Wedding culture has changed enormously over the past 40 years but the biggest change in of all in this has been the Internet. Starting with Pinterest, Pinterest, Pinterest! What an absolute game changer. And then of course social media in general, which has provided endless inspiration for more daring and ambitious, more beautiful and inventive notions for your wedding day. There is a world of inspiration for any wedding you could ever dream of, at your finger tips, on a 24/7 basis.

Pre-2003, I would very much doubt that brides used the internet to plan their wedding at all. Luckily, blogs like this one had just started springing up when I was planning my own wedding in 2007, but there was literally like three. In the world. No joke. Everything else came via hard copy print magazines and there weren’t any that were particularly innovative.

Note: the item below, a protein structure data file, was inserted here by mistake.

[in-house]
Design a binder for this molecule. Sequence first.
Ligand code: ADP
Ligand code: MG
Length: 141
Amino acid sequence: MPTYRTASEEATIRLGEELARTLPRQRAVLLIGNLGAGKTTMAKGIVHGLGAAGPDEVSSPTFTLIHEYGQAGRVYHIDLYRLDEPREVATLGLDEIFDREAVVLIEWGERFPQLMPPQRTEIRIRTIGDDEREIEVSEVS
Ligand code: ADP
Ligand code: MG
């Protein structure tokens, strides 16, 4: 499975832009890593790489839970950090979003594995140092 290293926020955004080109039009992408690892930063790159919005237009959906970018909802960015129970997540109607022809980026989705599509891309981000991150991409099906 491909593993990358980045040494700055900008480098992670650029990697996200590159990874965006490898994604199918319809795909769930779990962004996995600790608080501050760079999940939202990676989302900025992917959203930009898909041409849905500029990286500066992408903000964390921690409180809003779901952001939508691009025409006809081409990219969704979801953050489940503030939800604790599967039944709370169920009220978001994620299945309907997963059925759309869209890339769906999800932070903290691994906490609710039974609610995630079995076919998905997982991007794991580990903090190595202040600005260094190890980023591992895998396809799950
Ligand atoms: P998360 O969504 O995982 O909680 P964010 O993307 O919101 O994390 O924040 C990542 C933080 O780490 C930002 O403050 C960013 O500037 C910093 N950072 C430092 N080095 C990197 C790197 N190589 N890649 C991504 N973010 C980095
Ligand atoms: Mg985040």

16 2008 vintage wedding Becky Hoh Hale Most Curious Love My Dress Wedding Blog

My 2008 wedding, photography by Ian Johnston

So instead of screen shots, pin boards and insta-saves, brides would make actual folders and scrap books if they had an idea of what they wanted it to look like. I still have ‘the folder’. And without tooting our own horn, having an idea of what you wanted it to look and feel like was not a given, so if you had a vision you were at the forefront of the generation of brides now going their own way.

Couples now are deeply in touch with the WHY of every decision, fearlessly modernising conventions, removing distractions, and adding elements they identify with. Just like the humans in them, modern weddings refuse to be defined. (Valentina Ring, The Stars Inside Planning)